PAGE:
The Graduate Program in

Peter Alpert

Professor of Biology

B.A., Oxford University, 1974
M.A., Harvard University, 1977
Ph.D., Harvard University, 1982

Research Interests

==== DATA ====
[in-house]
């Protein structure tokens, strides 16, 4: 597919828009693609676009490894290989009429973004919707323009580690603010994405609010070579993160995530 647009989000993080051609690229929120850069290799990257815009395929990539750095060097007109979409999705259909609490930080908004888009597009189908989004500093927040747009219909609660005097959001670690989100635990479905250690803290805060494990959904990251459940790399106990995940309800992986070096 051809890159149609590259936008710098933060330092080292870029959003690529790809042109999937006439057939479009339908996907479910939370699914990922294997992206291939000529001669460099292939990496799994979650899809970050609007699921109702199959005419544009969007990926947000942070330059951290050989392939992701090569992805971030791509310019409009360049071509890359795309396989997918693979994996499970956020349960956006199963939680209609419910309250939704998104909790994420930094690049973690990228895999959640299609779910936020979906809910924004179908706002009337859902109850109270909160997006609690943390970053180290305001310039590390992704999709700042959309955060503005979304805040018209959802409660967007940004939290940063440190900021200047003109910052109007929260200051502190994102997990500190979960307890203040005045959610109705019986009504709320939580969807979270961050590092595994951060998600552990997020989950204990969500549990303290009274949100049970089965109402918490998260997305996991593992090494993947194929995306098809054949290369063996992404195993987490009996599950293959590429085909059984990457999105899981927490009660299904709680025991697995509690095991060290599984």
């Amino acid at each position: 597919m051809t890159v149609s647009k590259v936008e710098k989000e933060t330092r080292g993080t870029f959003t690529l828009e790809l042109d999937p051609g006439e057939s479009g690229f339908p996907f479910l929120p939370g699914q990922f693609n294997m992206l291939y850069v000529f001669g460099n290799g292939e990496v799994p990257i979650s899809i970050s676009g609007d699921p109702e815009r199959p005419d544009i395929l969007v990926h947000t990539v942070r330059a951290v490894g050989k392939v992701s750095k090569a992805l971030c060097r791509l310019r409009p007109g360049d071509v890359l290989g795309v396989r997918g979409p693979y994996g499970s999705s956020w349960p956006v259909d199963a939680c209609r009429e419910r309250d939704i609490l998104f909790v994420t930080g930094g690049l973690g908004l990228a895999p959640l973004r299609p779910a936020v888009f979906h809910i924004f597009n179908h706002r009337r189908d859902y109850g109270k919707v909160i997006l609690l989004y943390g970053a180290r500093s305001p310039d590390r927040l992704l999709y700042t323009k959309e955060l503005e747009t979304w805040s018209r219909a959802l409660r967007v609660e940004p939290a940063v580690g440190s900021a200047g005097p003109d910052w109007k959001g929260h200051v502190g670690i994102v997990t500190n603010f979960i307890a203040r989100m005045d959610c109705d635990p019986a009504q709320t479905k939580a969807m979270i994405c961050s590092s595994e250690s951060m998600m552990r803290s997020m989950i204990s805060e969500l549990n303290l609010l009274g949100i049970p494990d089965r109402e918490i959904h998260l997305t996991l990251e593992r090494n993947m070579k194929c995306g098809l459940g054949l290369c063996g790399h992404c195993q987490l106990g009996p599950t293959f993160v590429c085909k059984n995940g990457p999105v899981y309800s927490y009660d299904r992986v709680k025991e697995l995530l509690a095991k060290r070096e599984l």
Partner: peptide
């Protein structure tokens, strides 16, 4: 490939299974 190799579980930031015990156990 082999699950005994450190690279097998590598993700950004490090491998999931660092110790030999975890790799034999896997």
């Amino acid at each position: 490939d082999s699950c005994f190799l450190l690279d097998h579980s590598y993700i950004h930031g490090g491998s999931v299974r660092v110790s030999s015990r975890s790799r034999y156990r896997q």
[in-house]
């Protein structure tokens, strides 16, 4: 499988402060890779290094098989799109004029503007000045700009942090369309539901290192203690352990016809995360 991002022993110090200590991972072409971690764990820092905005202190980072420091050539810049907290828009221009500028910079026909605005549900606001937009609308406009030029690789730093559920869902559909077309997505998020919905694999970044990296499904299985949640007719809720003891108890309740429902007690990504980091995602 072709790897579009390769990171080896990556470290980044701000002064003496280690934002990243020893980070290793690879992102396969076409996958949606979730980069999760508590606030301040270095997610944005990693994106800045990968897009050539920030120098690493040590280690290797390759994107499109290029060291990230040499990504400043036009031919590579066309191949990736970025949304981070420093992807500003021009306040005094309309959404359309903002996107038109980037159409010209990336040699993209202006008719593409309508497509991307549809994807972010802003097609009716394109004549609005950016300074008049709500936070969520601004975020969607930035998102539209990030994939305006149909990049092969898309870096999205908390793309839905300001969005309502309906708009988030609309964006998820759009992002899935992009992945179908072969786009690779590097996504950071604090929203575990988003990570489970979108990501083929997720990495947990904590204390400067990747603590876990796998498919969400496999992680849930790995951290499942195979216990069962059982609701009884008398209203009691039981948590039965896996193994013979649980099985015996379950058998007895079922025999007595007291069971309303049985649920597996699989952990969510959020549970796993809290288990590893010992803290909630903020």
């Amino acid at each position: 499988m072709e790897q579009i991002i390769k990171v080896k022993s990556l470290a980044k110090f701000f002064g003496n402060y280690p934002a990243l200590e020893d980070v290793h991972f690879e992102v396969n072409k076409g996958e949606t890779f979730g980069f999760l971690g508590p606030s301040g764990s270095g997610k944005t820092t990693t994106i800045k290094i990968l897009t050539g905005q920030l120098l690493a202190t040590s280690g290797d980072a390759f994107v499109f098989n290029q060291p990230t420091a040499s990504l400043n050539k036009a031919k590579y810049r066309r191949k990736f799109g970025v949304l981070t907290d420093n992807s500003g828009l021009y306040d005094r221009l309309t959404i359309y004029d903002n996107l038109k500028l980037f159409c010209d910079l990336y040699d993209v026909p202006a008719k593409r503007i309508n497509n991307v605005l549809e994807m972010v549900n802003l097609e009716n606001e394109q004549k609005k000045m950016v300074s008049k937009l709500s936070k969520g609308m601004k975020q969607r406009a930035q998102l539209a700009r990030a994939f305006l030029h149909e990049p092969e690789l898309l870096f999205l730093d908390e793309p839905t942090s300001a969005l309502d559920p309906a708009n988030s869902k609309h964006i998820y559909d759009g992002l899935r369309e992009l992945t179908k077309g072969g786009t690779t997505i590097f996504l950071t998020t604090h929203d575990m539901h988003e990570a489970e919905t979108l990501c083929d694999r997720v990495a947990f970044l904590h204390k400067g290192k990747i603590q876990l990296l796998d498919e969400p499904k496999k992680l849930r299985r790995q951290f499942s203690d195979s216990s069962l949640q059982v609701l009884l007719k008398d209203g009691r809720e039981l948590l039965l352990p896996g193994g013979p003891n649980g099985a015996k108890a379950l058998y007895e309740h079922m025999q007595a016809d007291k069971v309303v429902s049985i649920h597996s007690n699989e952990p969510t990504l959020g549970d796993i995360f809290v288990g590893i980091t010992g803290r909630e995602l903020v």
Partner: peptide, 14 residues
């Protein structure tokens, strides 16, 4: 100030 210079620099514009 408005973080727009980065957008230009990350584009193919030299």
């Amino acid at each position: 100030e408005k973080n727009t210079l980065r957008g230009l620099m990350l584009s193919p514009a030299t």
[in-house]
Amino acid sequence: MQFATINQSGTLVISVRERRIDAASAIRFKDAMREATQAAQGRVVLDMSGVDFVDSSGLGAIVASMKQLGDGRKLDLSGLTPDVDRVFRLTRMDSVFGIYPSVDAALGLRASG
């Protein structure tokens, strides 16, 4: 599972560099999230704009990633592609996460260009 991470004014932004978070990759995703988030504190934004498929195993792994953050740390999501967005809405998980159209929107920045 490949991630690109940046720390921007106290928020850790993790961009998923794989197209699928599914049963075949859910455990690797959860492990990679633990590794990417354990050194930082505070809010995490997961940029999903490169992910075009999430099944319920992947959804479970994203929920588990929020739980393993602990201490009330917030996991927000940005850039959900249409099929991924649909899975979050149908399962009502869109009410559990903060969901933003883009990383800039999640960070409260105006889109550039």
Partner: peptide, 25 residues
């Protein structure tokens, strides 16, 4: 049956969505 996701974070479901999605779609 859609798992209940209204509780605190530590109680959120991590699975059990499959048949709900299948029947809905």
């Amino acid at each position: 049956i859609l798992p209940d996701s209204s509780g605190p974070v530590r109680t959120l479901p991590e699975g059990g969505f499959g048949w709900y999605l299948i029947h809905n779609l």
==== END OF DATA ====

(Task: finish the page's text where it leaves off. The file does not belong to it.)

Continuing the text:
My research has two foci, one basic and one applied. The focus of my basic research is on how the life forms and functions of plants enable them to survive and grow in specific habitats. To address this topic, I have worked on desiccation tolerance, the ability of some organisms to survive unmeasurably low water potentials; on physiological integration between connected plants within clones, including the ability to share resources such as mineral nutrients and photosynthates; and on invasion ecology, particularly environmental controls of invasibility. A current project is testing the combined influence of disturbance, nutrient availability, and relative timing of establishment on the invasion of a coastal grassland by non-native species, and on re-invasion by natives. The focus of my applied research is on the conservation of natural communities. My applied projects have included fellowships in conservation policy and public science education, and collaborations with conservation organizations on plant community inventory and restoration. During a two-year fellowship at the U.S. Agency for International Development, I concentrated on ways to combine biological conservation with local human community development in sub-Saharan Africa. In collaboration with The Nature Conservancy of California, Massachusetts, and Oregon, I have participated in the identification and inventory of coastal and riparian communities.